Skip to main content

Costa's Hummingbird

Calypte costae (male)
The Costa's Hummingbird makes its home in the southwestern United States and in northern Mexico. They live in arid scrub areas, and feed on plant nectar and small insects. The body size of this species is quite small, measuring only about 3in.

Male Costa's Hummingbirds are brilliantly colored little guys, sporting green backs, black wings, and a vibrant purple head and throat. (Females are less colorful, with green backs and paler underparts). They use their flashy colors in order to attract females. Males perform elaborate zig-zagging passes and dives for viewing females, using the light from the sun to reflect off of the violet head feathers.

After mating, the pair separates, and the female will construct a small cup-shaped nest up in a tree. She lays two eggs which take 15-18 days to hatch. The young Hummingbirds are fully fledged after 23 days.

One especially amazing thing that I learned about these birds is that while awake, their heart can beat between 500 and 900 times per minute. And that isn't even while they are being especially active! They also have the ability to enter a torpor state (during cold nights). During that time the resting rate slows to a mere 50 times per minute-- what a huge difference!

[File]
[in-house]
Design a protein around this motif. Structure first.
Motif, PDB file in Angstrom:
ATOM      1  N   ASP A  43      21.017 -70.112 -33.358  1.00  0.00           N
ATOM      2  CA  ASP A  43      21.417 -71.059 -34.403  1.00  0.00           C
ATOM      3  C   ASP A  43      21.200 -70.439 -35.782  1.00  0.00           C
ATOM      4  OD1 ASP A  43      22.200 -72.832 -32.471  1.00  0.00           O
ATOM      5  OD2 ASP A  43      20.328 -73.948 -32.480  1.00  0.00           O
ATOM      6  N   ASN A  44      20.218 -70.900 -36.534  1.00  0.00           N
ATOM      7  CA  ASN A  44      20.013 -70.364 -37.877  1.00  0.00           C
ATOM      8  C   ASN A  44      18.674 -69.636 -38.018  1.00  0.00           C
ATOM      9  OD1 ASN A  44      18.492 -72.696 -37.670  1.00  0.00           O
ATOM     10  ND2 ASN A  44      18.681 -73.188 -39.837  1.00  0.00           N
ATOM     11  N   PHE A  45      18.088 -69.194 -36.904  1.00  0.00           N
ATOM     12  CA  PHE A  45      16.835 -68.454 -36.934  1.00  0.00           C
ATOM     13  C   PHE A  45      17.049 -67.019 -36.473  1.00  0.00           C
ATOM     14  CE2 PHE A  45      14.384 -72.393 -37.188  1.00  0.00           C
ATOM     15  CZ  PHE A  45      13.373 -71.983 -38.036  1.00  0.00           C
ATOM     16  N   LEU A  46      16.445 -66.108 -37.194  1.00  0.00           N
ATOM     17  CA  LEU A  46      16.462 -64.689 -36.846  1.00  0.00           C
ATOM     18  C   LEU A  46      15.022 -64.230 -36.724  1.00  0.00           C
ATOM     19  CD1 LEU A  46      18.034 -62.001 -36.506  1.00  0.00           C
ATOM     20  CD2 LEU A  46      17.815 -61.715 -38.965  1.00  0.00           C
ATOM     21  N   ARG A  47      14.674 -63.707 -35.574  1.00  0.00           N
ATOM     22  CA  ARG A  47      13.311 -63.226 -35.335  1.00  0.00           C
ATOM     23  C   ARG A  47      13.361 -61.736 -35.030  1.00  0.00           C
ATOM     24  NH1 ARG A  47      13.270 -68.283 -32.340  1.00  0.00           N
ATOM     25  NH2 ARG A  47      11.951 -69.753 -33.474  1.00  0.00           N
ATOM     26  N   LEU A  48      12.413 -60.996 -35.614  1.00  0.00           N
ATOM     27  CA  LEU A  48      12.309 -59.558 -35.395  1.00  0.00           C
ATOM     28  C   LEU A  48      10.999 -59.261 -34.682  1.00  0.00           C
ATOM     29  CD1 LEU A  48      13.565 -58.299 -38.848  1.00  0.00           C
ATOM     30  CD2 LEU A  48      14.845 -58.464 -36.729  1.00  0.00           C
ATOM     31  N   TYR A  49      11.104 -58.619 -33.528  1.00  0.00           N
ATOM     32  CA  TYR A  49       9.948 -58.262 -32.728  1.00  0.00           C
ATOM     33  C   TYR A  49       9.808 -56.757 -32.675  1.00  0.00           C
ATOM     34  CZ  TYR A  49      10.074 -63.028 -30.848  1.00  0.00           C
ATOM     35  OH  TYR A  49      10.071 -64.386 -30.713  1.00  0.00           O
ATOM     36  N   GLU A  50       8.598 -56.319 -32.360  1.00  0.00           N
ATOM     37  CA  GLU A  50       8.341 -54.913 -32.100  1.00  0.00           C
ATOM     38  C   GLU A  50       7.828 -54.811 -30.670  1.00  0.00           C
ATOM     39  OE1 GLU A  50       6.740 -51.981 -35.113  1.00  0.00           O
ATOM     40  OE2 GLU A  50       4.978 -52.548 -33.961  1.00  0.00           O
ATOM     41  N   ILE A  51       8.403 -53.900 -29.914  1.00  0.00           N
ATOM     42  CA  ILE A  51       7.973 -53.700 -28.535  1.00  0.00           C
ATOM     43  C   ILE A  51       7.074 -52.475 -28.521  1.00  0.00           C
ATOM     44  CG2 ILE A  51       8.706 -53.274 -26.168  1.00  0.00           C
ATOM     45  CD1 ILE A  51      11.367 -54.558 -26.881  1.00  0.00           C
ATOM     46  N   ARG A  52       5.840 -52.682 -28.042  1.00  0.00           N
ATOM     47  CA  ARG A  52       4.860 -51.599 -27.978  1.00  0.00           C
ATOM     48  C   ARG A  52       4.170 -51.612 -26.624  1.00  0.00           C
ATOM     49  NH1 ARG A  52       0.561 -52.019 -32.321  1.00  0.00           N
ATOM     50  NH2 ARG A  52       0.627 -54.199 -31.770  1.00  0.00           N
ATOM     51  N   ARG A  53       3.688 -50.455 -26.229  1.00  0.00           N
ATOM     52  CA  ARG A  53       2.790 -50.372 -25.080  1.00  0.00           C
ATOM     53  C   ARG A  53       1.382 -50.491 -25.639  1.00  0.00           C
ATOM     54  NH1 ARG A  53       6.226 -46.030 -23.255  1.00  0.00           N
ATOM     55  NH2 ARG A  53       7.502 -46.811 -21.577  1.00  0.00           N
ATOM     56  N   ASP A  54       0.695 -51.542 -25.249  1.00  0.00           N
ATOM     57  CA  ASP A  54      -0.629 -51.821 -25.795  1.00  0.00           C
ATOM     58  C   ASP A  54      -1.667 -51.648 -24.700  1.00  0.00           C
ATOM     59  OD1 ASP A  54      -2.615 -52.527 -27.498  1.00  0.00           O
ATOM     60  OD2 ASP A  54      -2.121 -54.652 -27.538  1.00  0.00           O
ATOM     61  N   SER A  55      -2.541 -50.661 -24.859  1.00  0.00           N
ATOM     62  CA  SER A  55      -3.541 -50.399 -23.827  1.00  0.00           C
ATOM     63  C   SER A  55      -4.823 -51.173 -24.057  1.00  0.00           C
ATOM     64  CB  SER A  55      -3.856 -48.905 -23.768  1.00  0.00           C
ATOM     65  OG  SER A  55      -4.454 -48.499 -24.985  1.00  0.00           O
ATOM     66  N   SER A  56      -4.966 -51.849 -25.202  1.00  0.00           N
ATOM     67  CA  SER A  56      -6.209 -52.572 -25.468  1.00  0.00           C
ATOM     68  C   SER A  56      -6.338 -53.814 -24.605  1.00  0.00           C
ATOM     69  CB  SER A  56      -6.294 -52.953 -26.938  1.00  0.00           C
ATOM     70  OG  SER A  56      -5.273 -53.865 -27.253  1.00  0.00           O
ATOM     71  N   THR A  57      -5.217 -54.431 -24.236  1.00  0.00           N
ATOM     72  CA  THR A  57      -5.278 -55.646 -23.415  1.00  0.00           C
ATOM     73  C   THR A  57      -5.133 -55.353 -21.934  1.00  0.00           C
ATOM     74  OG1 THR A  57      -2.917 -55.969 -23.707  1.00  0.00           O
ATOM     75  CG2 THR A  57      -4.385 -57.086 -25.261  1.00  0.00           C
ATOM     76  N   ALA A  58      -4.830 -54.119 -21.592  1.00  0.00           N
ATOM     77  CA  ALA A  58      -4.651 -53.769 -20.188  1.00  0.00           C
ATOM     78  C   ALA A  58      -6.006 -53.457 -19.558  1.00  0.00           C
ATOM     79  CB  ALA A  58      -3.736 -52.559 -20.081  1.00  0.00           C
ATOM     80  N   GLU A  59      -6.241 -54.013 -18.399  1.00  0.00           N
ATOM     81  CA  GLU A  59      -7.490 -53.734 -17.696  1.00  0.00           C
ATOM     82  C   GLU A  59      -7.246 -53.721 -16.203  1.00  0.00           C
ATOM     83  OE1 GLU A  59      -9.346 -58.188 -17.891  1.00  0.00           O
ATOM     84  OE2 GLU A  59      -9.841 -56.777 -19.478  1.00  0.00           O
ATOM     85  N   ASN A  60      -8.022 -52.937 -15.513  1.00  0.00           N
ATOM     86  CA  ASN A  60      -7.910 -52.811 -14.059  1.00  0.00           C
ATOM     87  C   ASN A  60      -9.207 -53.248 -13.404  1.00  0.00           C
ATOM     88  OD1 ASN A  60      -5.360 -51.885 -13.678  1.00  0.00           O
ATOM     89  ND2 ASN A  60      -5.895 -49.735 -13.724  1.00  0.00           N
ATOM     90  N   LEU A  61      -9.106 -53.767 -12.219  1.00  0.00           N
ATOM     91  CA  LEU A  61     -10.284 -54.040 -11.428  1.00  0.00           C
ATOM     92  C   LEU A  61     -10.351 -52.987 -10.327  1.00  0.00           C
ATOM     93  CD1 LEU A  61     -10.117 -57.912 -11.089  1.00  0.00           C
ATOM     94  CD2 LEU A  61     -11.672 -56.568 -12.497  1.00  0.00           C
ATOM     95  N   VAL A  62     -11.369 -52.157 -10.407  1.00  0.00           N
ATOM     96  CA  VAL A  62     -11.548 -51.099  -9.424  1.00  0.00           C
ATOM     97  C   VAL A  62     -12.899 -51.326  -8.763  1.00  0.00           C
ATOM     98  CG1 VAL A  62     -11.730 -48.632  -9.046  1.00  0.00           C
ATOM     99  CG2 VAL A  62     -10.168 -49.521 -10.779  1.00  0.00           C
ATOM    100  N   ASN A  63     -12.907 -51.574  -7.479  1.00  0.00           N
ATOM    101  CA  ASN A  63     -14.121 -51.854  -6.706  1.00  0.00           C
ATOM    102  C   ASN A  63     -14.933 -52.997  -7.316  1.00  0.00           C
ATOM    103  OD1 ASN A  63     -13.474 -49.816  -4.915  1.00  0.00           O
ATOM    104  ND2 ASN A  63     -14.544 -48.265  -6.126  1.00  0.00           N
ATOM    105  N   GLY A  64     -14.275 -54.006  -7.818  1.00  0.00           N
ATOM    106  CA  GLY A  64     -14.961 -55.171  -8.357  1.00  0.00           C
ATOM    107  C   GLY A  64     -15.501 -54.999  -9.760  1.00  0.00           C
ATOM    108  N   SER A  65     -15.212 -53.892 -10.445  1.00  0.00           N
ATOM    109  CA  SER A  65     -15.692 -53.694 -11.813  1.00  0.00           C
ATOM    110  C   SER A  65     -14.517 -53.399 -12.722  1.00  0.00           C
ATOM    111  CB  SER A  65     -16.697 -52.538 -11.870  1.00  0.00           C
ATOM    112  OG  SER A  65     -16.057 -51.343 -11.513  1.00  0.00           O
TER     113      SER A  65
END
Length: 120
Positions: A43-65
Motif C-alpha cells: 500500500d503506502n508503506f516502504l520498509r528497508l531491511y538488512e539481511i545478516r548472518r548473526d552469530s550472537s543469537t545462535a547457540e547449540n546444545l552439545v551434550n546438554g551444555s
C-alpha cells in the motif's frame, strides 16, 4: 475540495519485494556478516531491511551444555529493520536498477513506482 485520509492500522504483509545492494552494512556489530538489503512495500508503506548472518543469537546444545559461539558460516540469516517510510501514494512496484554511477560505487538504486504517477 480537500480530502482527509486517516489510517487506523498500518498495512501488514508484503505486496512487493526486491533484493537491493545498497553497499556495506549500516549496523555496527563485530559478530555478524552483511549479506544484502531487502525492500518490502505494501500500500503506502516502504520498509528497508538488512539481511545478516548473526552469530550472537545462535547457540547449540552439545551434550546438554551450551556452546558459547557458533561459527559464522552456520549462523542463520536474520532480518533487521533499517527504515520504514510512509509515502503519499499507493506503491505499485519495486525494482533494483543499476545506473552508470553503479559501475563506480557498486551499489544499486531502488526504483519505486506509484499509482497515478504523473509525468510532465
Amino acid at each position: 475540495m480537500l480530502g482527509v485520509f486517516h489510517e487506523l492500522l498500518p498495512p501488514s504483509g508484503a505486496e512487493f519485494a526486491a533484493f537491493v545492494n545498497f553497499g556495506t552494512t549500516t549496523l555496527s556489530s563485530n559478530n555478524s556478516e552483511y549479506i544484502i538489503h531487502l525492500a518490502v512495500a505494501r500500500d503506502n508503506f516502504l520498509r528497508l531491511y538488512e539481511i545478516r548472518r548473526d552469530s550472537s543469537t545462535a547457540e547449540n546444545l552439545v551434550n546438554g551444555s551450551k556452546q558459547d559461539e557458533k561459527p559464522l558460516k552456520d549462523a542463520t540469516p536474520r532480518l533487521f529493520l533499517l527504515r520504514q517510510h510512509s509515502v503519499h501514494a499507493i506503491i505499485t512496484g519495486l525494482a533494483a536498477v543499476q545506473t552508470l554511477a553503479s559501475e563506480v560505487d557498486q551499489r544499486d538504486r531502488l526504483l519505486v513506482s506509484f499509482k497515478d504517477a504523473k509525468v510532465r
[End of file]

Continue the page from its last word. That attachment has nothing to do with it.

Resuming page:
IUCN Status : Least Concern
Location : United States and Mexico
Size : Length up to 3.5in (9cm)
Classification : Phylum : Chordata -- Class : Aves -- Order : Trochiliformes
Family : Trochilidae -- Genus : Calypte -- Species : C. costae

Comments

Popular posts from this blog

Bornean Orangutan

The Bornean Orangutan is one of two extant Orangutan species in the world. It is the third largest primate (after Gorillas) and is the largest primarily tree-dwelling animal in the world. Males are substantially larger than females, and average at around 165lbs. Bornean Orangutans are largely solitary. A handful might live within a small range but they will seldom interact with one another. Males and females only meet up to breed, which happens only once every several years. A young Orangutan will stay with it's mother for about five years, and the females tend to go about eight years between births. That is the longest interim period of any animal! Sadly, the Bornean Orangutans are in a lot of trouble. They need large forests in order to thrive, and deforestation and habitat degradation has left many homeless. They are also hunted for meat and for traditional medicines. Conservation areas are being established to help these guys in the wild, and it is believed that there are a

10 Years?!

My goodness! It's been 6 years since I went on hiatus, and now more than 10 years since AaD was born, and what a world we've moved in to! Animal a Day is coming back- but in the meantime, check us out on Facebook, for your daily dose of #BIRDNEWS

Four!

For anyone who was counting, yesterday was our birthday-- four years! Four years filled with animals from A to Z, more than 1,100 of them! I can't thank my readers enough, it's been wonderful! And in celebration of that milestone... I'm taking a break. Hopefully not forever, but for a little bit at least. In the mean time I plan on getting a new layout out, along with some updates to some of the older articles. I'll post updates here and on the Facebook page, I'm also brainstorming some new animal-related projects, so keep an eye out! Thanks again for four awesome years!